Larger housebuilders may already be familiar with meeting similar guidelines and financial commitments to the council. The pressure will therefore be likely to fall on smaller and mid-size developers, which will feel the squeeze because they haven't previously had to consider factors such as affordable housing costs.
How Current Schemes are Being Affected
Although Section 76 will not come into full effect until next year, some developers are experiencing pressure from local authorities to meet their requirements – especially in Belfast, where the council is already exercising it as a draft policy.
In fact, any housebuilder or developer of any residential scheme needs to be aware of the changes, so that it can be prepared for what these may entail. Those in the process of planning or submitting applications are likely to be assessed against the new affordable housing policy and have to meet Section 76 requirements.
Having submitted their planning applications far in advance, some housebuilders are now having to reconsider these to comply with the new requirements. As a result, they can incur significant new costs – up to a six-figure increase in certain cases – prompting some to abandon their plans altogether.
One ongoing example is the case of a developer that had to reduce the price of its social housing scheme due to the requirement to introduce a car club and free travel passes, which needed to be borne by the purchaser. These costs were introduced last minute and implemented through the planning agreement at a late stage.
The key message for housing professionals is to be aware of the changes and go back to the drawing board if necessary, so that they comply with the new requirements rather than experiencing delays or unpredicted fees.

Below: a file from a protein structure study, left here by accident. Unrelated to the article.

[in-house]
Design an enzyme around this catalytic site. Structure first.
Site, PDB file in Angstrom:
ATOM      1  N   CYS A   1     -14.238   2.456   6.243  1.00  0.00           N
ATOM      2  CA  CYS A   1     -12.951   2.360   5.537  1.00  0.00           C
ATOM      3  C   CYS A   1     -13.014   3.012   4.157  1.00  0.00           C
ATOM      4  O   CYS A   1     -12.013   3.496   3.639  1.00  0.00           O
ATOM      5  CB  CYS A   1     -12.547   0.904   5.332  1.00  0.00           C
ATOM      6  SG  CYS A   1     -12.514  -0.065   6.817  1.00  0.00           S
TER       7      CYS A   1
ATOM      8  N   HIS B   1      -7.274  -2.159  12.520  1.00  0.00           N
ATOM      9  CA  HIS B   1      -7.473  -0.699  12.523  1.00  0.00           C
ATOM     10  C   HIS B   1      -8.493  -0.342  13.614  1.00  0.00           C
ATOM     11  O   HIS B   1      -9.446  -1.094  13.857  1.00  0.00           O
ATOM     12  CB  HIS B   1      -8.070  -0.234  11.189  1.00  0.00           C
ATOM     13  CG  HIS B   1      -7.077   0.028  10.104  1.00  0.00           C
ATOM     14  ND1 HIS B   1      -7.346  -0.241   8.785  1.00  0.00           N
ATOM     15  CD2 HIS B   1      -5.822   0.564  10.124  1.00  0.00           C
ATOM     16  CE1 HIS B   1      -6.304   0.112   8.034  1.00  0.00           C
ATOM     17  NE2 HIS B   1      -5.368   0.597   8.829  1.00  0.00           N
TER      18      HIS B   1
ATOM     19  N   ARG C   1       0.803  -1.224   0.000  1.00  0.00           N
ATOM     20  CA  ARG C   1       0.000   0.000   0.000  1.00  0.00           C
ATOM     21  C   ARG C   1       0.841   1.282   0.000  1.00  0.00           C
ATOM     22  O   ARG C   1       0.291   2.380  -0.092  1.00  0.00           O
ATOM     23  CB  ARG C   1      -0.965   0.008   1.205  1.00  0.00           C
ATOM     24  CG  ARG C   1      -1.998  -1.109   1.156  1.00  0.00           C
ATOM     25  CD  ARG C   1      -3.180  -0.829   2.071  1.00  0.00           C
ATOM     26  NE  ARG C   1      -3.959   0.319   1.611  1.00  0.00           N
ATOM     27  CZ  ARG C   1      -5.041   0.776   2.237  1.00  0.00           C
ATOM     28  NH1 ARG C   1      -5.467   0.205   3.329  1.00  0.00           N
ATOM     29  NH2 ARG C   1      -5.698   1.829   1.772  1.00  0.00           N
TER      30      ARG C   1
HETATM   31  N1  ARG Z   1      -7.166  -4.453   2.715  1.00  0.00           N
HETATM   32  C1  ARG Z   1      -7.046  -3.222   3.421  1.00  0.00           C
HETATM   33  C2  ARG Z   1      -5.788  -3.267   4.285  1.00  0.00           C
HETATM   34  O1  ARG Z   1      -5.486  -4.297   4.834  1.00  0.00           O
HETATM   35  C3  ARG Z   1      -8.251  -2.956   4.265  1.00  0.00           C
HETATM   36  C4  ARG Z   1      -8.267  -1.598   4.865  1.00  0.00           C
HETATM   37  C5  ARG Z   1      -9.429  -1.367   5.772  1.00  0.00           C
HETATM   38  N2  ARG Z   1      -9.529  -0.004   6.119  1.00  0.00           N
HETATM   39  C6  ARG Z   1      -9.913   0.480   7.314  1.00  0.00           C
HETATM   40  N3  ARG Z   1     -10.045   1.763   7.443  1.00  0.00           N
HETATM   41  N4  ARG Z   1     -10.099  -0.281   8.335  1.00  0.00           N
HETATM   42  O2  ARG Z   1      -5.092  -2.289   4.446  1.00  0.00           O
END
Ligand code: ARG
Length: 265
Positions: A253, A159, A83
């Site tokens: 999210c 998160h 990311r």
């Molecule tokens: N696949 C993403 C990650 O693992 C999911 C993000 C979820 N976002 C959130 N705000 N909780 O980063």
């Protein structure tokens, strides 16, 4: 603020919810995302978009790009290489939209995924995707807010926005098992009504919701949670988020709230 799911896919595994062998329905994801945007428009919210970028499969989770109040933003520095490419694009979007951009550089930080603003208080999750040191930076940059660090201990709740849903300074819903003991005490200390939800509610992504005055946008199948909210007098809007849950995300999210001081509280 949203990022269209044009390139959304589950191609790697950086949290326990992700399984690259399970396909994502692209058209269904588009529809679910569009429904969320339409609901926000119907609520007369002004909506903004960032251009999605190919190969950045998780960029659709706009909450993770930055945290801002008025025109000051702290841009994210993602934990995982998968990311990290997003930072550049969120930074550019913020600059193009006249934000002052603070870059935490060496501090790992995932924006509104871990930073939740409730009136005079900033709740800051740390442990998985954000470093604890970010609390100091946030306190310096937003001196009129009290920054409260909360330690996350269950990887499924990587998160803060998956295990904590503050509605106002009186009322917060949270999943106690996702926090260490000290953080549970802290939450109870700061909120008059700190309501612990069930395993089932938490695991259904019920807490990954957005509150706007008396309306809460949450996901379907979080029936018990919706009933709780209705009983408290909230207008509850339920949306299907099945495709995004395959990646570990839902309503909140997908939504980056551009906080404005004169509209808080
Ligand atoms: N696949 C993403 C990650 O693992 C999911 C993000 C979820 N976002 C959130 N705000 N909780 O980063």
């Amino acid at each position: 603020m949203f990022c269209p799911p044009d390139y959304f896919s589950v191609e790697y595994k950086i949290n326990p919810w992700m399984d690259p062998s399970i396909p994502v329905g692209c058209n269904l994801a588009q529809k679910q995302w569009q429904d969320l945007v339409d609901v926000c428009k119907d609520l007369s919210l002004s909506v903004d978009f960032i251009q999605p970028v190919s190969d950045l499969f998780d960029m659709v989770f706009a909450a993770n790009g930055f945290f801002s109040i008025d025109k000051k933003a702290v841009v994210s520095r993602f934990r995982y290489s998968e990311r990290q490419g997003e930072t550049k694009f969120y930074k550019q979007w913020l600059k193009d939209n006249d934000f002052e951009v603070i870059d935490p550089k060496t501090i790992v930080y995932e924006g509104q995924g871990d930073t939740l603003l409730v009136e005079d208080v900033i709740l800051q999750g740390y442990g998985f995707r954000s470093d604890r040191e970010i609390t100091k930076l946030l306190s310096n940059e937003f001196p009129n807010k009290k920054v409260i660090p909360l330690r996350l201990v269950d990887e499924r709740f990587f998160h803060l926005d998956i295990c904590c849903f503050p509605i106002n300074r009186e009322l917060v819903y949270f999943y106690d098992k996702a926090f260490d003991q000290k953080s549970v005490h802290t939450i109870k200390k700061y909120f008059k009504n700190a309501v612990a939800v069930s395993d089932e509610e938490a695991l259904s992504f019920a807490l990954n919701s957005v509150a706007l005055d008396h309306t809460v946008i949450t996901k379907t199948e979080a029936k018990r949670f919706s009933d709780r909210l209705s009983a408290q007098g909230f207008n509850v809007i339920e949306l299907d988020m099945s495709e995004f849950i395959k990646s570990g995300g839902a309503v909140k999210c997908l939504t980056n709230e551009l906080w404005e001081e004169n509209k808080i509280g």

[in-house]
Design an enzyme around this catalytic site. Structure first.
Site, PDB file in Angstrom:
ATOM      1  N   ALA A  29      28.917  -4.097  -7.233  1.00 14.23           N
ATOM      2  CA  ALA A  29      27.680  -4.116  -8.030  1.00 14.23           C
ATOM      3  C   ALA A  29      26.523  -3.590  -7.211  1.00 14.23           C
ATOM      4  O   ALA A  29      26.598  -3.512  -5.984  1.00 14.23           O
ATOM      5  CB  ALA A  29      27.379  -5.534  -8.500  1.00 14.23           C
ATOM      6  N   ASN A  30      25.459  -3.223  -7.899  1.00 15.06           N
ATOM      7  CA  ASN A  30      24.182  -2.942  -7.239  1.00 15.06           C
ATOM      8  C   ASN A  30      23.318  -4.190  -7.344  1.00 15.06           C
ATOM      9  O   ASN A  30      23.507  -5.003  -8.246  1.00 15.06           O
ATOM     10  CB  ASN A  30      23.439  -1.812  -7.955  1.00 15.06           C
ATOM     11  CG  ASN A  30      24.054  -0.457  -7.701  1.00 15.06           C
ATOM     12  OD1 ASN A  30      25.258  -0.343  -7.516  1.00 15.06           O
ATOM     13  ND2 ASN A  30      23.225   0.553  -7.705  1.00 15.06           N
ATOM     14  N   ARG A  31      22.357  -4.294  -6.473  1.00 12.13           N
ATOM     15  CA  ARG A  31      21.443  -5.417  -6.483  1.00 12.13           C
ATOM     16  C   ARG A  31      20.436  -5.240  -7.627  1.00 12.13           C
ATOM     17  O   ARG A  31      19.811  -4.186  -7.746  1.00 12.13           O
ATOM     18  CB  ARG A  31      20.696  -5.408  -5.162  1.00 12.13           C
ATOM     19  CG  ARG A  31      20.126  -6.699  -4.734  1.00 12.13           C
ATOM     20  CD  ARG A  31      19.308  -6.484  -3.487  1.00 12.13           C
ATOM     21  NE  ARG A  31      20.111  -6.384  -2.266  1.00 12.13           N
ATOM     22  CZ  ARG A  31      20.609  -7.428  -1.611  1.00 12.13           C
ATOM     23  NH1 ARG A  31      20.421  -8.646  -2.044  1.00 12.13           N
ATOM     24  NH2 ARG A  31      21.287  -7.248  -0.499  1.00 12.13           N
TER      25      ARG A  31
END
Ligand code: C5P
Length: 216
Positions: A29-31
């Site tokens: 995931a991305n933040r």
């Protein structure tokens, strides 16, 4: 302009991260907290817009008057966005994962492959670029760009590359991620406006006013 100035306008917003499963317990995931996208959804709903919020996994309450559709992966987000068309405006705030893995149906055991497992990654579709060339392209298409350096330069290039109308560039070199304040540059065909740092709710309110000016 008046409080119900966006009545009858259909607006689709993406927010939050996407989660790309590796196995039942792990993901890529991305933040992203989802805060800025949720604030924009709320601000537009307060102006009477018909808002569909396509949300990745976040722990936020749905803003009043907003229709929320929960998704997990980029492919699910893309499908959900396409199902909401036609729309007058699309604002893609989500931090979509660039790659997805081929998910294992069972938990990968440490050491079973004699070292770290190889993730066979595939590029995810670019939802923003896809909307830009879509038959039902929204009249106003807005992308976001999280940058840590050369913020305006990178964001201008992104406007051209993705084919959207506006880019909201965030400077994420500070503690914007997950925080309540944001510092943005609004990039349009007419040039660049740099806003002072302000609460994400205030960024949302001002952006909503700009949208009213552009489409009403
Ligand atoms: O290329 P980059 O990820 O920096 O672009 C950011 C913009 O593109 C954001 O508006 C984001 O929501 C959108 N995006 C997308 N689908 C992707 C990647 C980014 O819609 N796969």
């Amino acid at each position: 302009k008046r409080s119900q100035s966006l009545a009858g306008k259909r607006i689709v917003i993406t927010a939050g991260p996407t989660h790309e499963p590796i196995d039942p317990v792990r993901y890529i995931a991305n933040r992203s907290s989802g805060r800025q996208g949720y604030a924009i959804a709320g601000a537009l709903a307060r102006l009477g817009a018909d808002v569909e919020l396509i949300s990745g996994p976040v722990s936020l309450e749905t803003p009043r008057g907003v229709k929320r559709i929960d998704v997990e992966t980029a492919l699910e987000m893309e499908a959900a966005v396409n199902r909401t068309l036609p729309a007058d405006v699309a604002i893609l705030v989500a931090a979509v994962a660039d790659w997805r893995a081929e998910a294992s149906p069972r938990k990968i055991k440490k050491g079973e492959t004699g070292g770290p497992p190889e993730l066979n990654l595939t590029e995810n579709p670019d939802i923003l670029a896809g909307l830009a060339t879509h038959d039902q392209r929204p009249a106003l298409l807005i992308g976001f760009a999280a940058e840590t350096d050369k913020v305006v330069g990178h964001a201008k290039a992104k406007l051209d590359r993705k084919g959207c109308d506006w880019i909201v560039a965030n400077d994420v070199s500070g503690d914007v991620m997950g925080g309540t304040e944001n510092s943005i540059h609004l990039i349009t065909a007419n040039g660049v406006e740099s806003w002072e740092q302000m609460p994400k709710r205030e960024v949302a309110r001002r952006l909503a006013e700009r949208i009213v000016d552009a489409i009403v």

Opportunity Knocks for Those Prepared
By familiarising themselves with the policy and its implications, developers and housebuilders can ensure they meet the new criteria, factor in additional costs, and make the necessary plans.
Those developers and housebuilders that plan can take advantage of Northern Ireland's blossoming demand for housing, which is a result of more job opportunities and an influx of young, educated people who stayed home during the pandemic.
For instance, while in previous years graduates moved overseas, following pandemic-related restrictions there are now more remaining in Northern Ireland and settling in to the work-life balance it offers.
There are also now better career opportunities in Northern Ireland. Belfast in particular is gaining a global reputation as a cyber security hub, with the Centre for Secure Information Technologies now the largest cyber security centre in Europe. The city is also a site of expansion for highly regarded global firms such as PwC. Furthermore, Belfast is due for significant investment from both of its major universities, which are revitalising the city with new student accommodation.
Northern Ireland is a golden opportunity for housebuilders and developers – but only those who are prepared for Section 76 can take full advantage of the growing housing demand.
[Authors of this article are Chris Bryson of Gravis Planning and Drew Nesbitt of Wilson Nesbitt Solicitors]